Based on the list above, if what a child is doing meets these most of the criteria, it's simply play.
We know that children like to pretend to be in positions of power. Children emulate the people in their life who have control and power because they want to understand how those people think; what makes them tick, not because they want to emulate them or "follow in their footsteps". It's possible to argue that some children will choose to emulate if they find a measure of efficacy in the that power. Sadly, fear is an effective (albeit unhealthy) way to boost the efficacy of power.
When adults react negatively to hearing a bad word from a child, that word gains power. When adults react negatively to a child with a pretend "cigarette", "cigarettes" gain power. When adults react negatively toward pretend "guns", "guns" gain power. Eventually, in adolescence or adulthood, should that child ever be in a situation where they feel completely and utterly powerless, there will be that subconscious pull toward those "powerful" items. It can be argued then, that "zero tolerance policies" about this kind of play are actually counterproductive, just as "zero tolerance policies" toward bullying have proven to be counterproductive.
Additionally, if we stop play to step up on a soap box and lecture children about how smoking, drinking, and guns are bad, (assuming they respond at all to a lecture in the first place) not only are we giving these concepts an enticing illusion of power, we're setting that child up for a whole lot of confusion when they see their mother smoking, their grandparent drinking beer, or a family friend who enjoys hunting. You can severely damage a child's sense of safety, security, and their place in the world if you create an aura of opposition toward who their parents are or what their parents do. That's an unfair abuse of power.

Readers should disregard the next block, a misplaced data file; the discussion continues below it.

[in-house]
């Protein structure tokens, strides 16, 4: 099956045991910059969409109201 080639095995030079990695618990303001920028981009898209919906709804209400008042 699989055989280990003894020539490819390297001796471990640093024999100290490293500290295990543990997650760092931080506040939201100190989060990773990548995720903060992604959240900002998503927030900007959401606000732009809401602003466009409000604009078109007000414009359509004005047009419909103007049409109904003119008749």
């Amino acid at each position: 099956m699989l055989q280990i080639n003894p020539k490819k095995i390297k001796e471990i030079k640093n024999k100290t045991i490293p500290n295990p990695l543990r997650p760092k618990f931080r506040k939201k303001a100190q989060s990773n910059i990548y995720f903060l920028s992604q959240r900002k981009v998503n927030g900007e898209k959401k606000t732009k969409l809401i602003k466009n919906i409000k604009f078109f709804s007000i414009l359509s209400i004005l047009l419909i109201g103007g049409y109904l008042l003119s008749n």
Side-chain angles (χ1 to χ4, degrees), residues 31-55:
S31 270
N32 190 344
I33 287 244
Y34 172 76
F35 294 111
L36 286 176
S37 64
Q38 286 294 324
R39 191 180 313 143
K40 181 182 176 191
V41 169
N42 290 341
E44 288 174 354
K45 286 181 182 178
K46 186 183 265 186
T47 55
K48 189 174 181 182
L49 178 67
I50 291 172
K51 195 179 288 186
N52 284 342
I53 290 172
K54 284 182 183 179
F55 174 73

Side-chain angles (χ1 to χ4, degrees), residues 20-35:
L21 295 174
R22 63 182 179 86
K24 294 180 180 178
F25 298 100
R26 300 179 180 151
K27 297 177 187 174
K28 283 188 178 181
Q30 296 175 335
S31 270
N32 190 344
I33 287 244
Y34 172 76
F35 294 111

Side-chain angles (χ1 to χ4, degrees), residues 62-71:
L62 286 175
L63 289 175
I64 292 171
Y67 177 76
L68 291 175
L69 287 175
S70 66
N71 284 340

This is why we show children what they can hit after they hit a friend. This is why we show children what they can rip when they rip someone's drawing. This is why we show children where they can play out these fantasies. We cannot shield a child from "negative influences" in other people's behavior. That's not our job at all. Our job is to be a positive influence, to exude an amount of power that is all at the same time, effective, just, kind, loving, unconditional, empathic, human, deep, talented, etc. When children have adults in their lives showing them what adulthood looks like, we can show them that it can look differently than the other influences in their life.